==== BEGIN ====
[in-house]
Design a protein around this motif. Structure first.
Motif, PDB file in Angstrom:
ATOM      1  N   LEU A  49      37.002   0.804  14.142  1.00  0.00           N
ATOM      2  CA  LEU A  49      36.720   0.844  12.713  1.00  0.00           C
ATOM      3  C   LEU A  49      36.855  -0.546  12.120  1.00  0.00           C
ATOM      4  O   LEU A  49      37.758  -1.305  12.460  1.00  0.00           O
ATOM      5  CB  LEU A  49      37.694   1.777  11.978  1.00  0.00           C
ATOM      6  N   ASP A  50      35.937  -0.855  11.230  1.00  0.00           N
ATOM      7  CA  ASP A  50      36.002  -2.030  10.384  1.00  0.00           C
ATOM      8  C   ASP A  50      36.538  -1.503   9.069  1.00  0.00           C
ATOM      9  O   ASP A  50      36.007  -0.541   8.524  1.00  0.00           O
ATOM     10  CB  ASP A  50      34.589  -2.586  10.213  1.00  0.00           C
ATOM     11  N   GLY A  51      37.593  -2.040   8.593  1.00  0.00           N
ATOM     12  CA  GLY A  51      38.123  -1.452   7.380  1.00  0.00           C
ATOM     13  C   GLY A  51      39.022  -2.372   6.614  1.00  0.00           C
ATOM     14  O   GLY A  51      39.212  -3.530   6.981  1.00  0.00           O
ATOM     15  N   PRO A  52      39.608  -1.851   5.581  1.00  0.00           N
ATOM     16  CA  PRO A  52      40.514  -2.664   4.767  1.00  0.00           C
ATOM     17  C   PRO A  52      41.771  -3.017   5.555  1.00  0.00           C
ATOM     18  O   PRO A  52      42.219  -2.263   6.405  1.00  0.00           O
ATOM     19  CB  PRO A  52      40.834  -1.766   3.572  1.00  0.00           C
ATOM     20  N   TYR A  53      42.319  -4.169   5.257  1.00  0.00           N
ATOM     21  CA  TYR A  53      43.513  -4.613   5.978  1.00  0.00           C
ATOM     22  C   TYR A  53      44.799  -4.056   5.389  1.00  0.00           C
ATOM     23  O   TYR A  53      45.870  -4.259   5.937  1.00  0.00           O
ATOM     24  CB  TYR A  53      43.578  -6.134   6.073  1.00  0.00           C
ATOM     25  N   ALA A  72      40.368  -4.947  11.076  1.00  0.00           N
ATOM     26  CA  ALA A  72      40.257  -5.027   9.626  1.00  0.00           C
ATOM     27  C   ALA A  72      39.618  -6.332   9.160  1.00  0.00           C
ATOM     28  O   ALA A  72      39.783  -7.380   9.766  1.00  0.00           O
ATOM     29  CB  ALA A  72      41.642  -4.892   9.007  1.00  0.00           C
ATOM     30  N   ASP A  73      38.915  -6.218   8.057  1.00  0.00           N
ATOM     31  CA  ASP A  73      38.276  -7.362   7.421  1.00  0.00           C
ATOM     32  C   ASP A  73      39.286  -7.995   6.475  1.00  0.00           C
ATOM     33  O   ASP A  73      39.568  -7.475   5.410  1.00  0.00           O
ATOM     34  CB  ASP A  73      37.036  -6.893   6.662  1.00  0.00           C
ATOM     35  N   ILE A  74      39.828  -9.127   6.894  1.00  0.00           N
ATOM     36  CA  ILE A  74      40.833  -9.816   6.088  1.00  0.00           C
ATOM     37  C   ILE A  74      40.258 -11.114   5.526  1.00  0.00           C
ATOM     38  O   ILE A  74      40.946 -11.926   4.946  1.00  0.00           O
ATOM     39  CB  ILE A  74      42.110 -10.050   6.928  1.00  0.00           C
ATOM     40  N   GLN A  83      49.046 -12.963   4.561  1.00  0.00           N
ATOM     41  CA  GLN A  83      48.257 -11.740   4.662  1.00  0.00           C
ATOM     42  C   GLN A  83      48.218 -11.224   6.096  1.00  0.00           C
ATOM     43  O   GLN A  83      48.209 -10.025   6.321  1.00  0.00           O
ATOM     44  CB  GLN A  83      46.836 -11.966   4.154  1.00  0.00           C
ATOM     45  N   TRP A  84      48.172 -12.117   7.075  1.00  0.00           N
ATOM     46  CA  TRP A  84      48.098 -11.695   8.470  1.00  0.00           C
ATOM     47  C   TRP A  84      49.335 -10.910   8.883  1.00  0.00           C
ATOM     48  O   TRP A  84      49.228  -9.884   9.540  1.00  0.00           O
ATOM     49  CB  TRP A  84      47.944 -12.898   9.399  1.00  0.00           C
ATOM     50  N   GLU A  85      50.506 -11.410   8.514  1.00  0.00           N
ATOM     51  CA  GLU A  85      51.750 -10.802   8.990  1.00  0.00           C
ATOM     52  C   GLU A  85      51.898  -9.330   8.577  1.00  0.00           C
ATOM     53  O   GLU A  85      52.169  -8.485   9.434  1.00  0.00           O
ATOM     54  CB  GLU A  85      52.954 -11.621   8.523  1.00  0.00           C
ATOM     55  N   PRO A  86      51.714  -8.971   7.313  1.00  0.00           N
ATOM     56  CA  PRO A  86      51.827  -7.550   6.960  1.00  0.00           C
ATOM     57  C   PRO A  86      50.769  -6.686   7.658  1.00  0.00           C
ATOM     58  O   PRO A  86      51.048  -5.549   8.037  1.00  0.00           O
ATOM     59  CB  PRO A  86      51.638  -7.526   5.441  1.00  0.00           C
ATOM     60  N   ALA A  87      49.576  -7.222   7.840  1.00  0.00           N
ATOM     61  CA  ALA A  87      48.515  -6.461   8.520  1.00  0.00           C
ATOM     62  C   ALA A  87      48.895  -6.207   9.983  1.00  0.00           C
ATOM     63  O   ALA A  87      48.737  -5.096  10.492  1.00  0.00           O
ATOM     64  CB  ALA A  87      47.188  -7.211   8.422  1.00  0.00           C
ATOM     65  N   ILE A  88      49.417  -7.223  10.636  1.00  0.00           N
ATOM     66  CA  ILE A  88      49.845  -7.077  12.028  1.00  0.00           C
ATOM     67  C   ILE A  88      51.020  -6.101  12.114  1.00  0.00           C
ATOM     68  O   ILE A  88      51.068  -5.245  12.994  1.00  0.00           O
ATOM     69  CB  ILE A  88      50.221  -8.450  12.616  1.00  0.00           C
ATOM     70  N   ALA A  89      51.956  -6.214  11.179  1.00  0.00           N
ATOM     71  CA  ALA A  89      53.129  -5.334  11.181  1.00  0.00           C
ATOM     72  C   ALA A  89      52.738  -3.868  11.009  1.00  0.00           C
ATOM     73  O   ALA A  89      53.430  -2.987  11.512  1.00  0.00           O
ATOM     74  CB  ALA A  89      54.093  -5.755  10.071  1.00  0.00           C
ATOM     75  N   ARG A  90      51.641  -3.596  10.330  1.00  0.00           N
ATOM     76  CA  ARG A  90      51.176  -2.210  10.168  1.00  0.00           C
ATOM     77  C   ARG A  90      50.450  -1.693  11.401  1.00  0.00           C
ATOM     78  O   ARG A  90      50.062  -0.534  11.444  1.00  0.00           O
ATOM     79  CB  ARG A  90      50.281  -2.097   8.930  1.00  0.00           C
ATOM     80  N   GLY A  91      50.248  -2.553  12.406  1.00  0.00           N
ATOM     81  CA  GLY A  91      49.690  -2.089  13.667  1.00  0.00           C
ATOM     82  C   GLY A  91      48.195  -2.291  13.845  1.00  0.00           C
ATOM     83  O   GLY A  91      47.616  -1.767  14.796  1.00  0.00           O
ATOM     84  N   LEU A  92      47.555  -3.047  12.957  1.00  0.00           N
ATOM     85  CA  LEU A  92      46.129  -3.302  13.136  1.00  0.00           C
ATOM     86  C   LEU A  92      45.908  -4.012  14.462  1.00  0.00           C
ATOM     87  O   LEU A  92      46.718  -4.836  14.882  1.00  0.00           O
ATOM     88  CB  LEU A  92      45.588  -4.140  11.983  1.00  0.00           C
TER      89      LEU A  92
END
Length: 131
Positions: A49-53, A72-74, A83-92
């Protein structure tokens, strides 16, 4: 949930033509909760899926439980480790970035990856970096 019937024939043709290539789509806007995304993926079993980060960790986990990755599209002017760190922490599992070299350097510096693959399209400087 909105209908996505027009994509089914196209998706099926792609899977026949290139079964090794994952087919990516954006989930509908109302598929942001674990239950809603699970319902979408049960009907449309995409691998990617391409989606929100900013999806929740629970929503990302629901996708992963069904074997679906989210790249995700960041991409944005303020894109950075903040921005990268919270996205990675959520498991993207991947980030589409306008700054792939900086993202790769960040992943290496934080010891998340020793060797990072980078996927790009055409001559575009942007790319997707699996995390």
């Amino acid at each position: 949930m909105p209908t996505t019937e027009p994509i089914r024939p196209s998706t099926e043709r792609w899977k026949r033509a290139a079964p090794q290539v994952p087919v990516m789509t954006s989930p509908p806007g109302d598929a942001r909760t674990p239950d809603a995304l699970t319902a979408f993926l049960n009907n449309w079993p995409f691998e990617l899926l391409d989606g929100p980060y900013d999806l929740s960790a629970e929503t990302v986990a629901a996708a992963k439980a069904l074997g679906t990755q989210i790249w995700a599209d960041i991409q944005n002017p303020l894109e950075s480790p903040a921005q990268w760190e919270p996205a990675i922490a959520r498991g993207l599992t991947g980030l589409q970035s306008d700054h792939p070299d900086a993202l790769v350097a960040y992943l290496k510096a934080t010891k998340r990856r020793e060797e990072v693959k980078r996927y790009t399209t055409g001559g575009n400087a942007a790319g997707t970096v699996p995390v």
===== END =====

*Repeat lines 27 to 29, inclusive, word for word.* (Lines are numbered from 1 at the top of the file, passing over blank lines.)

ATOM     24  CB  TYR A  53      43.578  -6.134   6.073  1.00  0.00           C
ATOM     25  N   ALA A  72      40.368  -4.947  11.076  1.00  0.00           N
ATOM     26  CA  ALA A  72      40.257  -5.027   9.626  1.00  0.00           C